The United States Court of Appeals for the District of Columbia has ruled that plaintiffs against Bill Clinton’s so-called ‘assault weapon’ ban have standing and have ordered the Federal District Court to hear the merits of their case. The lawsuit brought by Navegar, Inc. and Penn Arms, two gun manufacturers affected by the ban, is being funded by the Second Amendment Foundation.

Like two previous lawsuits against the Clinton gun ban, this case was originally dismissed for lack of standing. A Federal District Court Judge, agreeing with government lawyers, found that the plaintiffs did not have a credible threat of prosecution. The Court of Appeals ruled the exact opposite in an unanimous and strongly worded reversal.

“The Court of Appeals did an excellent job of granting standing for our case,” said Alan Gottlieb. “They decided that the plaintiffs had standing because of a real threat of prosecution. This so called gun ban specifically targeted the plaintiffs, both federally licensed firearms manufacturers. In fact, agents from the Bureau of Alcohol, Tobacco and Firearms inspected their facilities and inventoried their firearms the very day the law became enforceable. During the inspection, BATF representatives warned the plaintiffs of the prohibitions and criminal penalties for violating the law. This warning was done both orally and in writing by BATF.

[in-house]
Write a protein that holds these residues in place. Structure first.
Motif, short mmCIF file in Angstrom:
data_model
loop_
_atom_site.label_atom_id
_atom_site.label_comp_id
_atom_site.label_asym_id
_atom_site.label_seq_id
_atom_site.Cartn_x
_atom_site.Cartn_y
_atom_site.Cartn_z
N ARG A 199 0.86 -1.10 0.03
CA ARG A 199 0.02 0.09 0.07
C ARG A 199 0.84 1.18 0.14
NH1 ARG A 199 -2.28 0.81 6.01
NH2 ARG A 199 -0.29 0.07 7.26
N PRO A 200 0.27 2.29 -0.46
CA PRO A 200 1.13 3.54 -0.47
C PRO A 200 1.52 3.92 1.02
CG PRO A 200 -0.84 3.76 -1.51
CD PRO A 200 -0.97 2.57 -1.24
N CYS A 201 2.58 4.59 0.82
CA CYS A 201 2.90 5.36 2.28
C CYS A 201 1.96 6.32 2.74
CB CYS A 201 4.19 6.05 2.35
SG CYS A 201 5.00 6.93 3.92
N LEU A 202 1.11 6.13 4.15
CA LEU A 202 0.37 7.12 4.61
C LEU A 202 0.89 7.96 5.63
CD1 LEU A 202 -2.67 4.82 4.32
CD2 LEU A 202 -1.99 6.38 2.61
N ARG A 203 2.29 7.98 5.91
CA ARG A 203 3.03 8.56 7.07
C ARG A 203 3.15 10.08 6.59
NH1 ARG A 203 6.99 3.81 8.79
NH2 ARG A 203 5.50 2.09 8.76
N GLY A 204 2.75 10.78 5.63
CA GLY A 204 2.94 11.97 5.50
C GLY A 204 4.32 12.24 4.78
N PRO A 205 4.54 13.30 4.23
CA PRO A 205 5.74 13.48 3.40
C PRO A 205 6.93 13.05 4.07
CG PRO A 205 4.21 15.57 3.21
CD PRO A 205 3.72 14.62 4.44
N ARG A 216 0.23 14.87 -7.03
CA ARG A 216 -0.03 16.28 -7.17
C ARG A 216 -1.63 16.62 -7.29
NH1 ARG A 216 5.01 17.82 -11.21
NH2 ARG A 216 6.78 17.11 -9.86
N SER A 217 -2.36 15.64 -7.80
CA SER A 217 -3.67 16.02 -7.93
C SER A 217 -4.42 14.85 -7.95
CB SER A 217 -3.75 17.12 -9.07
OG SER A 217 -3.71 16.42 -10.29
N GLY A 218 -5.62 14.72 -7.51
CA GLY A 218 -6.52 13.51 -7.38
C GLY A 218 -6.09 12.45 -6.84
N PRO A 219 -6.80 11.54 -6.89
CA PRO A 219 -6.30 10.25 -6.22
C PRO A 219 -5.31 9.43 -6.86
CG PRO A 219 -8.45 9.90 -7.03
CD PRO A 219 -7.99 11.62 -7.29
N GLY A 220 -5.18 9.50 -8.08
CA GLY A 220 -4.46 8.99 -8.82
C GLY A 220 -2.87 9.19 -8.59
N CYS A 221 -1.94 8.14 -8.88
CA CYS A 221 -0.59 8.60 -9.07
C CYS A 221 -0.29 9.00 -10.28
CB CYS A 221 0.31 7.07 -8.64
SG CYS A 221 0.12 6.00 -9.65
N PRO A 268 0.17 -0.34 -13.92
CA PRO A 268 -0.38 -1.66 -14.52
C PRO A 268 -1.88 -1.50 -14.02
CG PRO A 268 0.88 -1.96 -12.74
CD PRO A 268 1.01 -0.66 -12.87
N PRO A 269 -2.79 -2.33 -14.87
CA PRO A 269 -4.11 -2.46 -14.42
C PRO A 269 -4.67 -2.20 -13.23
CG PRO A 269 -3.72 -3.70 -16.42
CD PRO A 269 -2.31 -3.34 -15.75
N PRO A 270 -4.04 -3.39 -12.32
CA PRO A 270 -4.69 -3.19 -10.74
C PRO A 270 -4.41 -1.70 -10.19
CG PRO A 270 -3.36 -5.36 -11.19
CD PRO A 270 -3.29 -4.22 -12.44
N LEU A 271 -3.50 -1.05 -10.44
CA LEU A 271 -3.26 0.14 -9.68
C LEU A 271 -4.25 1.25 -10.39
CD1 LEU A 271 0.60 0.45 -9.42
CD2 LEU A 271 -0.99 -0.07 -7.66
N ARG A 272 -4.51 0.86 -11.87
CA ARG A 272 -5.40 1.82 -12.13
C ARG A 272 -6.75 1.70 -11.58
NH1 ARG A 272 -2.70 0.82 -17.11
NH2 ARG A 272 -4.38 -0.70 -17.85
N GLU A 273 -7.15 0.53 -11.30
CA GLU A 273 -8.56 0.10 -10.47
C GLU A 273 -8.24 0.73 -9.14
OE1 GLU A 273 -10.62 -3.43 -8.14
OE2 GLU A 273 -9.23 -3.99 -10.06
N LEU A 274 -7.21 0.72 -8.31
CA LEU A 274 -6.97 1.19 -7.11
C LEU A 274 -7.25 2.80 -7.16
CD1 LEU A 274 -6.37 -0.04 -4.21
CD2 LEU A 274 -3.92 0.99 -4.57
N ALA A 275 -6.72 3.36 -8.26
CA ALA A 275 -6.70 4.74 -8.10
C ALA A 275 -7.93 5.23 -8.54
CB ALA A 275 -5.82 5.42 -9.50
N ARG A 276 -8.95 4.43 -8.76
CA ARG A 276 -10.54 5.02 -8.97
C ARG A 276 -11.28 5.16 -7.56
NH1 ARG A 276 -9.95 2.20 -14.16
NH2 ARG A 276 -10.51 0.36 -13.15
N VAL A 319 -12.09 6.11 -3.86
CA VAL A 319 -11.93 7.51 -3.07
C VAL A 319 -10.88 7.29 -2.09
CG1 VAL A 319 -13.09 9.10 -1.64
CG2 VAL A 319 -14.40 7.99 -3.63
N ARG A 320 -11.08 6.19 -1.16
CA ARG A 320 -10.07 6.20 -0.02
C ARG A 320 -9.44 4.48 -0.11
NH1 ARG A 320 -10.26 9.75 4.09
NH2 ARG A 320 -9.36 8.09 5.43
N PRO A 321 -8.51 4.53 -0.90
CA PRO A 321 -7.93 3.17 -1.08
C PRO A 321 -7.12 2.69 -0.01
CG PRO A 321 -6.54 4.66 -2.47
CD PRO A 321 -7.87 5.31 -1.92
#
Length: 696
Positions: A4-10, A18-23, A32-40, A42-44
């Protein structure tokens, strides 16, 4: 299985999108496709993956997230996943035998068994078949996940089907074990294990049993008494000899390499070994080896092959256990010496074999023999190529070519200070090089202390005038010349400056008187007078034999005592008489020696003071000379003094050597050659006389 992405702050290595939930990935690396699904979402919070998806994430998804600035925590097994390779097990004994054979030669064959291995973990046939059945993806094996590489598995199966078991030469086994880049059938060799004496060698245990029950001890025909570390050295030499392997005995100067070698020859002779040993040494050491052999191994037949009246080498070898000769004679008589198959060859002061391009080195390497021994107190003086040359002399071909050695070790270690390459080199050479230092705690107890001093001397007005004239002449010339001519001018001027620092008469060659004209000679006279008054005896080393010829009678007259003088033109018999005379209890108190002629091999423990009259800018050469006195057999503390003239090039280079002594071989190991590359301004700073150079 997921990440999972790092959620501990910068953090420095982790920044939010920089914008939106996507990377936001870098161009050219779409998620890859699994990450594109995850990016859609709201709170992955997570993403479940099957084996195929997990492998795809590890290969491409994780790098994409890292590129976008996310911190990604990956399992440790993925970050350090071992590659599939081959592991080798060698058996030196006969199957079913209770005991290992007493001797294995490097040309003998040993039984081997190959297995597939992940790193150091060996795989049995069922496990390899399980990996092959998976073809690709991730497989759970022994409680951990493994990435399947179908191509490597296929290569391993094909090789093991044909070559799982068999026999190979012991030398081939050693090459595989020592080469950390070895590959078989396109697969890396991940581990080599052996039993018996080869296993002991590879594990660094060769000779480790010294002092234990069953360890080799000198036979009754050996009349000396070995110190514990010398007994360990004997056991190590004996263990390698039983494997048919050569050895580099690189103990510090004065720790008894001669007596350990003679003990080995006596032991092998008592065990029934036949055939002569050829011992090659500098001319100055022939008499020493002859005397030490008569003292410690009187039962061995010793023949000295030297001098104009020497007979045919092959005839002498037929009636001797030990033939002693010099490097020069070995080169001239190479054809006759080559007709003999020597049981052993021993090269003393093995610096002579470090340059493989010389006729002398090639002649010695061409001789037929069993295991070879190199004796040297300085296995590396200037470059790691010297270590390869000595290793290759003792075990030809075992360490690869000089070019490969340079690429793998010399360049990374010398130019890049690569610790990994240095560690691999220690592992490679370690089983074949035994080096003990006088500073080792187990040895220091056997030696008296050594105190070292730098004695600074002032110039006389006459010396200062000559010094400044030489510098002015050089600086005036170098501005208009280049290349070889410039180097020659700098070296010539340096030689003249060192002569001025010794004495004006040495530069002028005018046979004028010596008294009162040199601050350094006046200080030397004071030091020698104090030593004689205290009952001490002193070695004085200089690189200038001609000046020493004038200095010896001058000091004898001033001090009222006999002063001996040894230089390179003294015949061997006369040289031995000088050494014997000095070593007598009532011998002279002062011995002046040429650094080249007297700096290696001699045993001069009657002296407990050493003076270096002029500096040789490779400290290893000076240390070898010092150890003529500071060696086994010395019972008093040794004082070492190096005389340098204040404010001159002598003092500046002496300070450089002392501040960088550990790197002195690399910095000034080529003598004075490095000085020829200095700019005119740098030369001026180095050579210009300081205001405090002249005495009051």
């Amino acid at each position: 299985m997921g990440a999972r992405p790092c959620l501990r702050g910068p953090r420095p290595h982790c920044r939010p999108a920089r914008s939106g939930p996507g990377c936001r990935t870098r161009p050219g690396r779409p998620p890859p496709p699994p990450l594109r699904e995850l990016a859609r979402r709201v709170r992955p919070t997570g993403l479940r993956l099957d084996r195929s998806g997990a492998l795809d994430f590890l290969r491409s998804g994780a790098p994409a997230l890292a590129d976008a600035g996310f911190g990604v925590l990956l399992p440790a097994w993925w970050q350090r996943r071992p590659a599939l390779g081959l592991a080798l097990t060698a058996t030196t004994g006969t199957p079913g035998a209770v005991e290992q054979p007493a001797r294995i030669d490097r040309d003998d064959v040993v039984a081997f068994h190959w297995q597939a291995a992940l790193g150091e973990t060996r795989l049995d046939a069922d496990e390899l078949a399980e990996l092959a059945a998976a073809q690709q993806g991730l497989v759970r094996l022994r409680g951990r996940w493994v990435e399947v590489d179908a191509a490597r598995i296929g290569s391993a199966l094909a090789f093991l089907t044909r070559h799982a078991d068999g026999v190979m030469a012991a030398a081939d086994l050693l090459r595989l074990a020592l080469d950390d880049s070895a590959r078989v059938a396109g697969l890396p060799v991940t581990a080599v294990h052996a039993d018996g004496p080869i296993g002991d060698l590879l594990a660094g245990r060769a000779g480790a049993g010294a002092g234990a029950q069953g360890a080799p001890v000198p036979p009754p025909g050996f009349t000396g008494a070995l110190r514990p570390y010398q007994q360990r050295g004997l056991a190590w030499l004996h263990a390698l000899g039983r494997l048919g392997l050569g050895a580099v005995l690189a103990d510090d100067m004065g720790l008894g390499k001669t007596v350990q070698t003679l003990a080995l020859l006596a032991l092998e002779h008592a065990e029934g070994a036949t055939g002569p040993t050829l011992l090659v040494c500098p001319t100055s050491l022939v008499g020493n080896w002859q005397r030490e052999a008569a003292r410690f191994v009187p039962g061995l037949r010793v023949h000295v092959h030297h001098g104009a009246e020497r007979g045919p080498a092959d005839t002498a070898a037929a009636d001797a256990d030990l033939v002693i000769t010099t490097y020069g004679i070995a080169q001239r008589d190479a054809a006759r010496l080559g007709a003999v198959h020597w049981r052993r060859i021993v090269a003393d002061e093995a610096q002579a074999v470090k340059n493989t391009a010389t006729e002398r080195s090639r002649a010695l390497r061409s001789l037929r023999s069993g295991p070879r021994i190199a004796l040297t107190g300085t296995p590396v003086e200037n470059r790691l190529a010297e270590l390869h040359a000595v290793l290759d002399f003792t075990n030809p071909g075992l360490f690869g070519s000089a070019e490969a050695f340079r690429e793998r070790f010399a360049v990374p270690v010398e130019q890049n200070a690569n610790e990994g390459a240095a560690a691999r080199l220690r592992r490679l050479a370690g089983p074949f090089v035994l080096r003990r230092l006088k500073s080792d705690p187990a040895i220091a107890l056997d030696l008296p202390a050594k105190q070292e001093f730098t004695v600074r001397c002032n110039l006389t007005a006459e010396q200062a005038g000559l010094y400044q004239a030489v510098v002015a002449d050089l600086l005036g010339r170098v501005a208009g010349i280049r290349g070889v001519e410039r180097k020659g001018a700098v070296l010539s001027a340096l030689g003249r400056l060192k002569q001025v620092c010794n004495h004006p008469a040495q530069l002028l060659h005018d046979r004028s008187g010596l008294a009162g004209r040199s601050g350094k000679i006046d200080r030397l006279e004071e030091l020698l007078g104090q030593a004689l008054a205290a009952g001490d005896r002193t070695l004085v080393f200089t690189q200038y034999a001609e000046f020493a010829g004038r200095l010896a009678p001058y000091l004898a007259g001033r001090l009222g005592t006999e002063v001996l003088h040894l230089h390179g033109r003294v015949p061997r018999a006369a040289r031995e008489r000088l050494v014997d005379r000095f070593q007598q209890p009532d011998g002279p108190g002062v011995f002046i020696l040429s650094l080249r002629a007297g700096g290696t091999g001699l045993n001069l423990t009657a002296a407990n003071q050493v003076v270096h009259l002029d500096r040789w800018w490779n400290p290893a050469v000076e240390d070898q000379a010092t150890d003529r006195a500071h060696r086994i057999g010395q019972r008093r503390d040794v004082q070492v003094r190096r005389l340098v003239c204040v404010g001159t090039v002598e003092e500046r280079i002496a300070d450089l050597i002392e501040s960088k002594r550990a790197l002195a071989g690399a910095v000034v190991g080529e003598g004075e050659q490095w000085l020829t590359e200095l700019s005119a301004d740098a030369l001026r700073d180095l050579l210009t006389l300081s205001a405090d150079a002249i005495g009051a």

“Now comes the fun part,” added Gottlieb. “We will dismantle this law in the courts just as we have overturned many other anti-gun laws. I will not rest until all legal challenges to this unconstitutional gun ban are exhausted and victory is ours. After the Supreme Court nullifies the Brady Law now before it, this gun ban will also fall.” Concluded Gottlieb.

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